The Next Chapter Begins (again)

I wanted to update everyone on our appointment with Dr. King yesterday. I will spare you the anticipation and get straight to the answer: the official word is "classic Bipolar" or Bipolar I. The early onset version, since, obviously, Gabe is a child.

Here is the nitty gritty of Thursday.

I picked Gabriel up from school, dropped off the Valentine's Day gifts to my boys' teachers and rushed into the van to drive Gabriel the 30 minutes to Dr. King's Seattle office.

We arrived, greeted by Jeff (my hubby) in the parking lot and headed in to wait in the waiting room, a fairly large room in what appears from the outside to be an office building. On the inside of that strangely plain exterior is an office of Autism experts that rival those anywhere.

Once inside, I check Gabriel in, only to find out my hubby already did that. Jeff laughs at me and is instantly in his I-can-only-be-sarcastic personality which surfaces in every medical situation. Some cry, some get angry, Jeff gets sarcastic.

We watch the fish tank. I only pretended.

Really, I am watching the other families in the waiting room. Carefully checking out every child. I smile at the other moms, casually, when they see I am watching their child, and his or her quirks with a sense of connection.

One boy plays puzzles on the floor and refuses to go back to see the doctor when it is his turn. His doctor, Dr. Stobbe, who is also our neurologist (and the man that diagnosed Gabriel's Autism last year) smiles his unphased-smile at the boy and his parents, and insists that it is fine if the child wants to finish his puzzle. I am quickly reminded how much I love that man. That smile is the look of understanding--not sympathy, not empathy, not compassion or pitty -- but understanding. He gets our kids.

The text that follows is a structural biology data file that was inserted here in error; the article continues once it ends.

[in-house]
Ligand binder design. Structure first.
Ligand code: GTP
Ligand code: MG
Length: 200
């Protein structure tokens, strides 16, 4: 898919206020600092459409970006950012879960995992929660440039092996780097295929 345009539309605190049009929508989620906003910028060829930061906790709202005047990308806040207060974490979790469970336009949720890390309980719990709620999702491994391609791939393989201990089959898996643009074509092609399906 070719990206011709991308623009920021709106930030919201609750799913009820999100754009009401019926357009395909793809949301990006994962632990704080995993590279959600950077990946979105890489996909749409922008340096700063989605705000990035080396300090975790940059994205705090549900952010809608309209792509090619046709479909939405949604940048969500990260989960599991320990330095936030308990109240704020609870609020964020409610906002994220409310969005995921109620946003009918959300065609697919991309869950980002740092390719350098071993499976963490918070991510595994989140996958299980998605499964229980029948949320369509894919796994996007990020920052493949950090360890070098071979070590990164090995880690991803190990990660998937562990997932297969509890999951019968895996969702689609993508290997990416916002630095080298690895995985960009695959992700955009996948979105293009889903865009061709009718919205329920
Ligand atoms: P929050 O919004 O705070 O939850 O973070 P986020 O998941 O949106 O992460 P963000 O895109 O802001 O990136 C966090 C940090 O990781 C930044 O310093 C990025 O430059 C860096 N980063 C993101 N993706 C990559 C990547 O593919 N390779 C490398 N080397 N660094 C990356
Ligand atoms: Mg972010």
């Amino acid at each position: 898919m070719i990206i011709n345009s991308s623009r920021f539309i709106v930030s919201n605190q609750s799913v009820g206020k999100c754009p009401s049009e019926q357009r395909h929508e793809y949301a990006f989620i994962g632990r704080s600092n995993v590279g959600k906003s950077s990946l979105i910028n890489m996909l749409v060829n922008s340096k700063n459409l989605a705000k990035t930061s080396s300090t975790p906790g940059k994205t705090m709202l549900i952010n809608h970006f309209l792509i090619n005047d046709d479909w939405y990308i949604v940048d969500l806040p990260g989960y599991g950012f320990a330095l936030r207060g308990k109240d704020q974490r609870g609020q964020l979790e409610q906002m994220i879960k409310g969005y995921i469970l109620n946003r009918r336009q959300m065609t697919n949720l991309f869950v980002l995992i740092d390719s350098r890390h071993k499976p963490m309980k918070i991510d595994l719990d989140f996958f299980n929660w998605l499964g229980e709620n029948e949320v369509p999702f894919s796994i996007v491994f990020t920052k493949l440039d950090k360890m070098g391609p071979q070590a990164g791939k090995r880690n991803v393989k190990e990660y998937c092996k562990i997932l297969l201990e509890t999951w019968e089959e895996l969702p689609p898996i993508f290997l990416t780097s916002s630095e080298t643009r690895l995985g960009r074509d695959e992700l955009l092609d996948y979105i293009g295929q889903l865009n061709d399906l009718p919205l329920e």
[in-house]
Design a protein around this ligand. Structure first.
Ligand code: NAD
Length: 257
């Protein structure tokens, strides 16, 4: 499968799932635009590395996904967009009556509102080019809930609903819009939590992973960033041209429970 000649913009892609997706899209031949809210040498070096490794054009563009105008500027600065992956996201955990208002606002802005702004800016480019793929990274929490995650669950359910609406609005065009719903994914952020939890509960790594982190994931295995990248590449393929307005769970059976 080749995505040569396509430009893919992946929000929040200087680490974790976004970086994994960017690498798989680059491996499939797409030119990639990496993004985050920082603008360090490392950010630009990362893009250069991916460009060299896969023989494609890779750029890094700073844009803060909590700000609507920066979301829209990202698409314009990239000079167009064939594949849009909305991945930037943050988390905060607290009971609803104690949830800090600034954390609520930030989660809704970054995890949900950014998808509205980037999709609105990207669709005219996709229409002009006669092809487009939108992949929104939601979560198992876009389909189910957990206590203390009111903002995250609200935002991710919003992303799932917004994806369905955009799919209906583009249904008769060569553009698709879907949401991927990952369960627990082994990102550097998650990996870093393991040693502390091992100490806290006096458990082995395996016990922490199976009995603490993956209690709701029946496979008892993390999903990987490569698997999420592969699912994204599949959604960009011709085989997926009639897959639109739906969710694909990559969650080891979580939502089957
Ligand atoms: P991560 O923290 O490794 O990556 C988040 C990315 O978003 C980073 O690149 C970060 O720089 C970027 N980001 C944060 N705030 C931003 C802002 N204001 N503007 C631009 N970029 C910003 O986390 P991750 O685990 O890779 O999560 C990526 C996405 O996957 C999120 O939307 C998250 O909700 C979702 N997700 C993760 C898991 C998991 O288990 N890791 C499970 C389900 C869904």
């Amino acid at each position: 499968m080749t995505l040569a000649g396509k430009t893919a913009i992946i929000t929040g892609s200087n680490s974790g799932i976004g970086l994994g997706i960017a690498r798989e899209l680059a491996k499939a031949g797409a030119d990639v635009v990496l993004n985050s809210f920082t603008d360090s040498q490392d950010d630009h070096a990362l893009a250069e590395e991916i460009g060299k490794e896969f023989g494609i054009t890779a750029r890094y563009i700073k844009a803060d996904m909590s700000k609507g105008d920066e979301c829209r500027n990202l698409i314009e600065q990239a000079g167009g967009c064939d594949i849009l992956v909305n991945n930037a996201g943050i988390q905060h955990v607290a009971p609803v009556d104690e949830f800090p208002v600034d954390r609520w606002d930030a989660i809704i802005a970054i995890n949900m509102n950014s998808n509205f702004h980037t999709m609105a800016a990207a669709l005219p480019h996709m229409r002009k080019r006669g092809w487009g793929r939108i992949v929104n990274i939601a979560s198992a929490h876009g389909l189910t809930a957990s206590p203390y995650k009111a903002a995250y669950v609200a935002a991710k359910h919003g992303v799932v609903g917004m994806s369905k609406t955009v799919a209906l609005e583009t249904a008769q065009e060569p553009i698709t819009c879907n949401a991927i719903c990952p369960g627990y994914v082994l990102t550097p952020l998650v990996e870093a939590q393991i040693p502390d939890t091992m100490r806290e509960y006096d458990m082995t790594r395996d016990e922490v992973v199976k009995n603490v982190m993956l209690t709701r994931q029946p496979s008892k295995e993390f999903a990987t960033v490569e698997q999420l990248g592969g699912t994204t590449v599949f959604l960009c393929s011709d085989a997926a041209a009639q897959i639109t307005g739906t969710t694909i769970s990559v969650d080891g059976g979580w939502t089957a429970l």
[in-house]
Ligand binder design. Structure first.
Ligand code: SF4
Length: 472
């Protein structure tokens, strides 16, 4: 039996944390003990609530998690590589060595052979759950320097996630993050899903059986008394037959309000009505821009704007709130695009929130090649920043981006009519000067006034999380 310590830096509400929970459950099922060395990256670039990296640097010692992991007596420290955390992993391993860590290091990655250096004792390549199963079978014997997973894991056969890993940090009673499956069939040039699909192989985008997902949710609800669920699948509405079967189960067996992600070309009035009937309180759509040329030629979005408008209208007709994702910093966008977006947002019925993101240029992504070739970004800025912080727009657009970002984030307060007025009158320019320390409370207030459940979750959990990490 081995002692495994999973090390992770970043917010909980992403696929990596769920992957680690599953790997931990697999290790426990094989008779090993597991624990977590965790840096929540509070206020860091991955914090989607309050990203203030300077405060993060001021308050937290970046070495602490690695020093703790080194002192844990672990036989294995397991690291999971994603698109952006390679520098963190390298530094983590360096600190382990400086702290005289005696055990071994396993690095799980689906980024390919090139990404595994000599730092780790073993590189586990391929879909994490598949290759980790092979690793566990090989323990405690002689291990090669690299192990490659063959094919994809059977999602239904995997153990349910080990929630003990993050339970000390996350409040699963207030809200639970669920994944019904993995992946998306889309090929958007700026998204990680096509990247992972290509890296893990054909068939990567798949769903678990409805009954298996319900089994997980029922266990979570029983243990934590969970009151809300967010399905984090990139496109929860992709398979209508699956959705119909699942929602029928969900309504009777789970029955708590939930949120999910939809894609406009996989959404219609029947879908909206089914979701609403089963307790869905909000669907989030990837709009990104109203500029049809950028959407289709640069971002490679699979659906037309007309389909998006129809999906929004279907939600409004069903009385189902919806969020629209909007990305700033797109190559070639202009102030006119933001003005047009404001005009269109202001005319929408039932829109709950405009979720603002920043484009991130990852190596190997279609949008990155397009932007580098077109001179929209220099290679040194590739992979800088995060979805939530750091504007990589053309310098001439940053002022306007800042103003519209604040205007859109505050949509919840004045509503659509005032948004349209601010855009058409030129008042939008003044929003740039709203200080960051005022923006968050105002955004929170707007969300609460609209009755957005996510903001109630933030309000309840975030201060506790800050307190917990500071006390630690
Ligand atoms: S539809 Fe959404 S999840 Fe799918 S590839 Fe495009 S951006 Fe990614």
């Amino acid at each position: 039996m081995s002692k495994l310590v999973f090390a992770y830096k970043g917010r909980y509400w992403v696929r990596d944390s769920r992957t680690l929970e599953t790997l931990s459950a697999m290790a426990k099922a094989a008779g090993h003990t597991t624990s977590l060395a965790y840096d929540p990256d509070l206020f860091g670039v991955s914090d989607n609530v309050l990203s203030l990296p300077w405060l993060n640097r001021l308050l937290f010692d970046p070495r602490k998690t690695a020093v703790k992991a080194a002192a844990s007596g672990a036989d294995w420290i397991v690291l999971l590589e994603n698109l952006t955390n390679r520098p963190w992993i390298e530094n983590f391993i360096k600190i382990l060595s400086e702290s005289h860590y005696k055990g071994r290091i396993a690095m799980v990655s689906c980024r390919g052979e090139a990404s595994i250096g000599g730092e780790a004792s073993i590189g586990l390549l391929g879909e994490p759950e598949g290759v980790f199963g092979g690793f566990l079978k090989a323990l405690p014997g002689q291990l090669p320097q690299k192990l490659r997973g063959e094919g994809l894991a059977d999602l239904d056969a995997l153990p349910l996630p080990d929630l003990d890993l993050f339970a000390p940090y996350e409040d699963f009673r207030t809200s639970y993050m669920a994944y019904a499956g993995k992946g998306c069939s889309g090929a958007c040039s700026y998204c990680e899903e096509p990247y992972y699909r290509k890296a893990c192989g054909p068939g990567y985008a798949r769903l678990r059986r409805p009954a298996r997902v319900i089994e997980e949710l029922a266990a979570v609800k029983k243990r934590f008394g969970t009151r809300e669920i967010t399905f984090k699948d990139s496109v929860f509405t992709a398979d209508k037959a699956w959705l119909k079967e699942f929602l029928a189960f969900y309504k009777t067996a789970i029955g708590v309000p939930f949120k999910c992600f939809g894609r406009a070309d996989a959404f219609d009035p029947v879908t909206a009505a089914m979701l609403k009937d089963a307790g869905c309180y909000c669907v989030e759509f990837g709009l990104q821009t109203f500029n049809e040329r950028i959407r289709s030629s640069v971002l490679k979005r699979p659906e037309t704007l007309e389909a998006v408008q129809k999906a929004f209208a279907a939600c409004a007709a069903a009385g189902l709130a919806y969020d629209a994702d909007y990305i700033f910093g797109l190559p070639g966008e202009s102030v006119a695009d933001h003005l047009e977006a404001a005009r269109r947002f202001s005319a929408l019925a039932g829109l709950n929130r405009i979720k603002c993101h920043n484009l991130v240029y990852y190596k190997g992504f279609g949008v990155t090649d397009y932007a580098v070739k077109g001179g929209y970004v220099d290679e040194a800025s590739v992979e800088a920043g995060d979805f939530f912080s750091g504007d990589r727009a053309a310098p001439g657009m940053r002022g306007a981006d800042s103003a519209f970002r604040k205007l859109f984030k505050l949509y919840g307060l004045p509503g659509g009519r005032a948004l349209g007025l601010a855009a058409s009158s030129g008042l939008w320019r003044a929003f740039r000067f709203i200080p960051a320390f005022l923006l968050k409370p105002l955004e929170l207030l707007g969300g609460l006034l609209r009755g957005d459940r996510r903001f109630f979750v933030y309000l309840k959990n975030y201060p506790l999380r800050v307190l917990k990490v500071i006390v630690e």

Another family has a daughter, a little older than Gabriel, maybe 12 who is yelling some and has a very unemotional look on her face. She looks exactly like her father, who appears a little uneasy in the room -- he is smiling nervously, a little larger than he should, but at least I get to see exactly what his daughter's smile would look like.

Another family sits in the back, with their daughter, maybe 5, sleeping on the floor. But I am pretty sure it was the teenage boy with the ear phones on that was the patient.

It doesn't take long to realize we are going to wait longer than anticipated in the waiting room. I call my neighbor and good friend and ask her to get Nick off the bus, but assure her I will be back in time to get Matt. Especially since I haven't listed her as an emergency contact, so I am not sure they would release him to her anyway. She agrees no problem. I have the best friends.

At about 20 after Dr. King comes out, with another woman trailing him.

Dr. King is unassuming, dressed in a tie, with greying hair and a very warm smile. He introduces himself to Jeff and I as "Bryan King", but to Gabe he refers to himself as only "Bryan". At this Gabriel reaches out his left hand to shake Bryan's all while clutching two stuffed lions (he smuggled the second one into the office by hiding it in the plastic tub of army men--damn, I should've checked) and the plastic tub of army men and softly says, "I'm Gabe."